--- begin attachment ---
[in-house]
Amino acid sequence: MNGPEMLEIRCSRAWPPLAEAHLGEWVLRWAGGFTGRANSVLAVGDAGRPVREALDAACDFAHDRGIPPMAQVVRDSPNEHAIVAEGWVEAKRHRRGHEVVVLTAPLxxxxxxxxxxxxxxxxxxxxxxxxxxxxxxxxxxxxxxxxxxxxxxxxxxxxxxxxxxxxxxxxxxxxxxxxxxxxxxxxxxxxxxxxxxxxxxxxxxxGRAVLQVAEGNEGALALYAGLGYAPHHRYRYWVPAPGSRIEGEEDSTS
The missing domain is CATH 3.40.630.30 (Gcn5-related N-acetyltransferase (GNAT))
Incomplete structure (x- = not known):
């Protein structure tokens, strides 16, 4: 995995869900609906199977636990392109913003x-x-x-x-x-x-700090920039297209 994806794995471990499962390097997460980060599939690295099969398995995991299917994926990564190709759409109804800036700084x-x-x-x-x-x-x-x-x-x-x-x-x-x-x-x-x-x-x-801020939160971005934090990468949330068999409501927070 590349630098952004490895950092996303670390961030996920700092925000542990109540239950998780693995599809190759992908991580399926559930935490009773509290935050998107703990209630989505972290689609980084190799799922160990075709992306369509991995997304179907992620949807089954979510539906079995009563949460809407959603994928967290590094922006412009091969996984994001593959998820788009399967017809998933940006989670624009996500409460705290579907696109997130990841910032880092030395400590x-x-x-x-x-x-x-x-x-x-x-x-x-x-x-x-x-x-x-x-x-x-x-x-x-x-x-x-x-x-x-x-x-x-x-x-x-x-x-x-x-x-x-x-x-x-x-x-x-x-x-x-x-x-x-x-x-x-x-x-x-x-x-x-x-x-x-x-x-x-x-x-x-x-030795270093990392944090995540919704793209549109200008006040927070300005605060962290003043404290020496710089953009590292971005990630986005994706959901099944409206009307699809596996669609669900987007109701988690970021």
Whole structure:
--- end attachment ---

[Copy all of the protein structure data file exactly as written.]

[in-house]
Amino acid sequence: MNGPEMLEIRCSRAWPPLAEAHLGEWVLRWAGGFTGRANSVLAVGDAGRPVREALDAACDFAHDRGIPPMAQVVRDSPNEHAIVAEGWVEAKRHRRGHEVVVLTAPLxxxxxxxxxxxxxxxxxxxxxxxxxxxxxxxxxxxxxxxxxxxxxxxxxxxxxxxxxxxxxxxxxxxxxxxxxxxxxxxxxxxxxxxxxxxxxxxxxxxGRAVLQVAEGNEGALALYAGLGYAPHHRYRYWVPAPGSRIEGEEDSTS
The missing domain is CATH 3.40.630.30 (Gcn5-related N-acetyltransferase (GNAT))
Incomplete structure (x- = not known):
């Protein structure tokens, strides 16, 4: 995995869900609906199977636990392109913003x-x-x-x-x-x-700090920039297209 994806794995471990499962390097997460980060599939690295099969398995995991299917994926990564190709759409109804800036700084x-x-x-x-x-x-x-x-x-x-x-x-x-x-x-x-x-x-x-801020939160971005934090990468949330068999409501927070 590349630098952004490895950092996303670390961030996920700092925000542990109540239950998780693995599809190759992908991580399926559930935490009773509290935050998107703990209630989505972290689609980084190799799922160990075709992306369509991995997304179907992620949807089954979510539906079995009563949460809407959603994928967290590094922006412009091969996984994001593959998820788009399967017809998933940006989670624009996500409460705290579907696109997130990841910032880092030395400590x-x-x-x-x-x-x-x-x-x-x-x-x-x-x-x-x-x-x-x-x-x-x-x-x-x-x-x-x-x-x-x-x-x-x-x-x-x-x-x-x-x-x-x-x-x-x-x-x-x-x-x-x-x-x-x-x-x-x-x-x-x-x-x-x-x-x-x-x-x-x-x-x-x-030795270093990392944090995540919704793209549109200008006040927070300005605060962290003043404290020496710089953009590292971005990630986005994706959901099944409206009307699809596996669609669900987007109701988690970021």
Whole structure: